Spacecraft Collision? Hang-glider Fire? There’s a Code for That.

A new medical coding system allows your doctor to be specific about the cause of injury. Very specific.

In 1924, there wasn't a code for this. A U.S. Army Air Corps Curtiss NBS-1 nosed over in a plowed field.

It’s a dangerous world out there. But you can relax: it can now be documented fully. As of October 1, health care workers, using the revised International Classification of Diseases, can identify and report thousands of injuries—to a very specific degree.

Injured while boarding or alighting from an aircraft? Use code V97.1XXA. Sustain burns in a hang-glider fire? That’s V96.14XA. Forced to land your spacecraft? V95.42XA. Sucked into a jet engine for the second time? V97.33XD.

The ICD system dates back to Florence Nightingale, who was horrified by the statistical records kept during the Crimean War. Nightingale’s subsequent report—showing that for every soldier who died from his wounds, seven others died from disease—was given to the War Office and Army Medical Department. The report made a profound impression, eventually leading in 1900 to the first attempts to classify causes of death by hospital, region, and country. 

The International Classification of Diseases document was revised in 1909, 1920, and 1929. During those years there weren’t separate codes for aircraft or balloon fatalities (physicians could use “Injury by Machines,” if necessary). It wasn’t until the 1938 revision that aviation categories were added, including “Air Transport Accidents” (code 173) and code 196 (“Deaths of persons in military service during operations at war”).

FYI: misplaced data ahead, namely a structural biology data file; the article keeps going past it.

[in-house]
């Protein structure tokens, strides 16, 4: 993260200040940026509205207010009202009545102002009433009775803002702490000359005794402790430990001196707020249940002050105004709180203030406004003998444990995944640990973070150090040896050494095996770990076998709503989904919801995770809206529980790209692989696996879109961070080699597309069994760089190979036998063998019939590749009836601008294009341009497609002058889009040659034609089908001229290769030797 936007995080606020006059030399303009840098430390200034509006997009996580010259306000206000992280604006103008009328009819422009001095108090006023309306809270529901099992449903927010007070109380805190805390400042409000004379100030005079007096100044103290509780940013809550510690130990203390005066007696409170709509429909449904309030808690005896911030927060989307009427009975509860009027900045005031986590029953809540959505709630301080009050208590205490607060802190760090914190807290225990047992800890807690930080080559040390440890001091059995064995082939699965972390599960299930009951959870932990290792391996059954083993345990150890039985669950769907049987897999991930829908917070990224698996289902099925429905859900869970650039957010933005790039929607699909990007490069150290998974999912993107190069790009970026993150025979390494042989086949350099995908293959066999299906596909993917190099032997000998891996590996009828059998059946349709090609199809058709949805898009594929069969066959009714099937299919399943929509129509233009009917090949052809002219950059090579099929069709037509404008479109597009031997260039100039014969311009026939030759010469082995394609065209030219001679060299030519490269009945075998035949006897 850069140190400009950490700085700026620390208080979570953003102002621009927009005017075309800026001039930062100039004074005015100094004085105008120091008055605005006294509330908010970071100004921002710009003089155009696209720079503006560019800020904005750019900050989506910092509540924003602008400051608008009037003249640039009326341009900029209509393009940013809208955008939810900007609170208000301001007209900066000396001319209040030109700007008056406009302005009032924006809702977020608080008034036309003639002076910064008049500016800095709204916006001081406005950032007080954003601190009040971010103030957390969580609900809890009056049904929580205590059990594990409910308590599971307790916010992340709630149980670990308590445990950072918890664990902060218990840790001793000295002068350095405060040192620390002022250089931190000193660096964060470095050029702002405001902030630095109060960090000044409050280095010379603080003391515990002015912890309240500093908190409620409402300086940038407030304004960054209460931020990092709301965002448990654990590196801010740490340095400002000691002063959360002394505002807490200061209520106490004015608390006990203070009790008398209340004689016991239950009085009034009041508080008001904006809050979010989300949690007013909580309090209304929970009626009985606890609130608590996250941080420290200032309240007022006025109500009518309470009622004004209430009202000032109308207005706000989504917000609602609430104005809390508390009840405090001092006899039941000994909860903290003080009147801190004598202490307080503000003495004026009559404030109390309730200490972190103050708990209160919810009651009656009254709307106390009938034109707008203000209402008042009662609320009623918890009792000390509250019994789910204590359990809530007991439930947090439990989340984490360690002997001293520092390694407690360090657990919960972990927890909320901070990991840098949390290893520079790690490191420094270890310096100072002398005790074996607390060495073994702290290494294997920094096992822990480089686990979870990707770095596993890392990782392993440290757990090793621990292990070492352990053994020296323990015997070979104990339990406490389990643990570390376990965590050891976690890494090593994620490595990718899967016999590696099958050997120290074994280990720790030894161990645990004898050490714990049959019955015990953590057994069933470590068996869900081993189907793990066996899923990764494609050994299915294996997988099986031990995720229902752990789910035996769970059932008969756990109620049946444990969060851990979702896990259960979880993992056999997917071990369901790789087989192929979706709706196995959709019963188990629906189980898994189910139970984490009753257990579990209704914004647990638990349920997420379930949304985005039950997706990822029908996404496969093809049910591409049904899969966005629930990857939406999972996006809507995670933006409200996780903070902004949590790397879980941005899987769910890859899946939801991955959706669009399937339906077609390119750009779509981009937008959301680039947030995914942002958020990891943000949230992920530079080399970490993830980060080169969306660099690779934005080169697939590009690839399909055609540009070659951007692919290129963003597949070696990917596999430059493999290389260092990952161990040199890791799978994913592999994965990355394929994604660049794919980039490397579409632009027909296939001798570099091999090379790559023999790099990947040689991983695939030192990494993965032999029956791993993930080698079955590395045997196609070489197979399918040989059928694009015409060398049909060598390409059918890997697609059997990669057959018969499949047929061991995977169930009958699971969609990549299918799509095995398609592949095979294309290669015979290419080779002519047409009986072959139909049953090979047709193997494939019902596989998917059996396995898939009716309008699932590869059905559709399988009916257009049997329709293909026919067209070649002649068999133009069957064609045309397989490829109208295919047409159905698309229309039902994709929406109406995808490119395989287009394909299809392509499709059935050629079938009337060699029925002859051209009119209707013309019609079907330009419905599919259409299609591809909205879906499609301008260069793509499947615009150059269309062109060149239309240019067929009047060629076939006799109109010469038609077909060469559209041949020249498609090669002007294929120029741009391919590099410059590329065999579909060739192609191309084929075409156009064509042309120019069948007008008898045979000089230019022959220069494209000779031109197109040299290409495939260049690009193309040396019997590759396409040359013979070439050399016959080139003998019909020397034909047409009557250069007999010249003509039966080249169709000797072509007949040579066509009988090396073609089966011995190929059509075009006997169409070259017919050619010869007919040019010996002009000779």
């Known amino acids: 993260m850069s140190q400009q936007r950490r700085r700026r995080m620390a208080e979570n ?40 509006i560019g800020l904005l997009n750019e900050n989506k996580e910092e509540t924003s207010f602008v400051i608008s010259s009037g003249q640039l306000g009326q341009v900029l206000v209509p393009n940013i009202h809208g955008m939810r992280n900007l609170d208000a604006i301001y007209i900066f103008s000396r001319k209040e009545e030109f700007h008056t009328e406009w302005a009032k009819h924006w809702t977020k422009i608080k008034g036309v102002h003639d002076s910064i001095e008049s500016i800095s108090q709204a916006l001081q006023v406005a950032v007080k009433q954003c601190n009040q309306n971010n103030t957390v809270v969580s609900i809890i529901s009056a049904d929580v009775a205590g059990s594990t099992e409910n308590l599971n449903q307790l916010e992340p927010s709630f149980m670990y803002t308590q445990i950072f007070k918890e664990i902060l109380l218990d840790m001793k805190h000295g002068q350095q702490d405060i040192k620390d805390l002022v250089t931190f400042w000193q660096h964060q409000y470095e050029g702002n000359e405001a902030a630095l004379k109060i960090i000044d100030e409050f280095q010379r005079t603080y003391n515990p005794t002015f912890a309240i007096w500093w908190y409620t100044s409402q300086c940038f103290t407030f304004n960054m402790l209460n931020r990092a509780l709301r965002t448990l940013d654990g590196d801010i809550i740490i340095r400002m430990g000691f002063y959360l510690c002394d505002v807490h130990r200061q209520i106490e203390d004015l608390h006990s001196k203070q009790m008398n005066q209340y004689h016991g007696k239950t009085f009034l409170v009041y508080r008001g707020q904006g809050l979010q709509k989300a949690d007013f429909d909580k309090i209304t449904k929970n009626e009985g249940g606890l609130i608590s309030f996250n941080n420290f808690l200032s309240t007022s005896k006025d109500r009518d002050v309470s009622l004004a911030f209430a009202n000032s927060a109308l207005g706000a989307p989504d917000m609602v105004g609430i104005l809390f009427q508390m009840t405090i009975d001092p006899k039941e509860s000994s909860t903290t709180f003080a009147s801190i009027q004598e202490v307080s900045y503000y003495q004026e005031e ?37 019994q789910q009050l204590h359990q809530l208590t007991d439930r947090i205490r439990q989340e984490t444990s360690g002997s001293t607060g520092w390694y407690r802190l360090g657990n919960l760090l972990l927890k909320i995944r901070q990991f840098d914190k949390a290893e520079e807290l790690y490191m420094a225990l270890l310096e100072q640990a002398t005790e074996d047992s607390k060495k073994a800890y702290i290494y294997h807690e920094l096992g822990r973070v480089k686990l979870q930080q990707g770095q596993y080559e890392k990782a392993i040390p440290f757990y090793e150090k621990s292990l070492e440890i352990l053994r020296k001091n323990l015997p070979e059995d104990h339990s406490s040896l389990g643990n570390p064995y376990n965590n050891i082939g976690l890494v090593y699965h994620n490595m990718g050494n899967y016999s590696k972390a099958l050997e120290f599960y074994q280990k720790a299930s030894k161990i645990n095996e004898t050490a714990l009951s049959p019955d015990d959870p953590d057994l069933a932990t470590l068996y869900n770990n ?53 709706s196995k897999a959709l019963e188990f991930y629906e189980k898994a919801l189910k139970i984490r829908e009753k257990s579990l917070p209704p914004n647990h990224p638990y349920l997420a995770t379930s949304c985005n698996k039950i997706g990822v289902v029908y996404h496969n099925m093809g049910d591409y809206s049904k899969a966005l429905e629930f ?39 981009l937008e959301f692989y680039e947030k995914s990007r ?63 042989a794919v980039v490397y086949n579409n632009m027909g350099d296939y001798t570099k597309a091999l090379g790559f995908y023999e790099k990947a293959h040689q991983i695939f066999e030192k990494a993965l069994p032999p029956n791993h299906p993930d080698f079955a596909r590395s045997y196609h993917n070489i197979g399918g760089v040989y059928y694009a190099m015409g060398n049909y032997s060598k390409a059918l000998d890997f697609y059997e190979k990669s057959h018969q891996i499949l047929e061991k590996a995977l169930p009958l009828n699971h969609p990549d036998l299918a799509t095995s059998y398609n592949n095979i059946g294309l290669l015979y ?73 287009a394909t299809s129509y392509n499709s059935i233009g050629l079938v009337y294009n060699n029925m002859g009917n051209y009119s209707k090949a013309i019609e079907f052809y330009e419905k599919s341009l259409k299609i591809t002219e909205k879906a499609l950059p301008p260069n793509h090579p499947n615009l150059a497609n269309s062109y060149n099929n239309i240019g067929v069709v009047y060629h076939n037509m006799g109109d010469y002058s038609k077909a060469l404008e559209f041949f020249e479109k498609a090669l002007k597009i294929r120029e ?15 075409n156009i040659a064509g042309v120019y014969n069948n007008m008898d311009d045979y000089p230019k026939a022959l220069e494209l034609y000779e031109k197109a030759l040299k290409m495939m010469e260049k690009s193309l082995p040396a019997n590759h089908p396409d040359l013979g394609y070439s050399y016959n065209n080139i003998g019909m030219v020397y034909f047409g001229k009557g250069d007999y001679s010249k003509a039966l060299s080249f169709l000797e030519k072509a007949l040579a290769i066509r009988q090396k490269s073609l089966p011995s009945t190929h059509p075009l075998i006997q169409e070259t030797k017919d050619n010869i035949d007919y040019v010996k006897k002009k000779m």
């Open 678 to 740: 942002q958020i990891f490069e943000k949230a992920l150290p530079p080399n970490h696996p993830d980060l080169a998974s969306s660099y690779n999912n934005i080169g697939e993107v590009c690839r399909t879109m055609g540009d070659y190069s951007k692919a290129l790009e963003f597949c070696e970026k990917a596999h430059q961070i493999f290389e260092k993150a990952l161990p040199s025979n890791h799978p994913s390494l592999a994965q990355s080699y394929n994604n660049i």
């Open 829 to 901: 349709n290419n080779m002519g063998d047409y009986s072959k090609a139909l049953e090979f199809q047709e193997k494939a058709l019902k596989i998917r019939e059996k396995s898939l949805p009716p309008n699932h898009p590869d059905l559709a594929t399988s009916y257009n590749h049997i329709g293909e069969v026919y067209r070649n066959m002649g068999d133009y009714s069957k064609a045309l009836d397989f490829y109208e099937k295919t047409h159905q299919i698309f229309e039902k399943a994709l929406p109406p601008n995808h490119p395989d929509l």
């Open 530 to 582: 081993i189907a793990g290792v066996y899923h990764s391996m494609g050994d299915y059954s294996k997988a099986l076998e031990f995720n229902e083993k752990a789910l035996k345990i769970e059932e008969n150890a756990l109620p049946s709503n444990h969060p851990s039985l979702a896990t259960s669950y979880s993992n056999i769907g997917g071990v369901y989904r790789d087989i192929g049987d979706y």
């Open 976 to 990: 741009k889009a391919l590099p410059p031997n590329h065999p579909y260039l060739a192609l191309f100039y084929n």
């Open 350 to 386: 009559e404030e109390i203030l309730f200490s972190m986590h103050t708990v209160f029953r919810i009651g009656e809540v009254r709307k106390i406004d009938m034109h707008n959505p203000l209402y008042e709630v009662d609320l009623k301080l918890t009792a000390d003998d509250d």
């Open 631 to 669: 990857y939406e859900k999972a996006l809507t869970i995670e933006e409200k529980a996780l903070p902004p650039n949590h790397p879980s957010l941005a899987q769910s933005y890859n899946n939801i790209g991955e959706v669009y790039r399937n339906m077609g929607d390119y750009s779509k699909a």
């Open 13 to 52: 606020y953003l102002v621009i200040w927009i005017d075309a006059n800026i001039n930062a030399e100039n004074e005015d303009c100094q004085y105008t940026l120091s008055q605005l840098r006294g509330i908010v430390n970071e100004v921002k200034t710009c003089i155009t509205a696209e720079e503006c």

The 1948 revision, as one might expect, became much more specific, with six aviation categories, including “Accident to personnel in military aircraft” (E860) and “Aircraft accident at airfield to person not in aircraft” (E864). (In contrast, there were more than 200 categories for motor vehicle accidents, including “Motor vehicle accident involving railway train” and “Motor vehicle accident involving collision with animal-drawn vehicle.”) No updates were made to the aviation portion of the 1955 revision.

In 1965 and 1975, the category was broadened to include “Air and space transport accidents” (totaling some 48 separate codes). With the latest revision, helicopters, spacecraft, and gliders each get separate categories. (All other modes of flight are incorporated into “aircraft.”)

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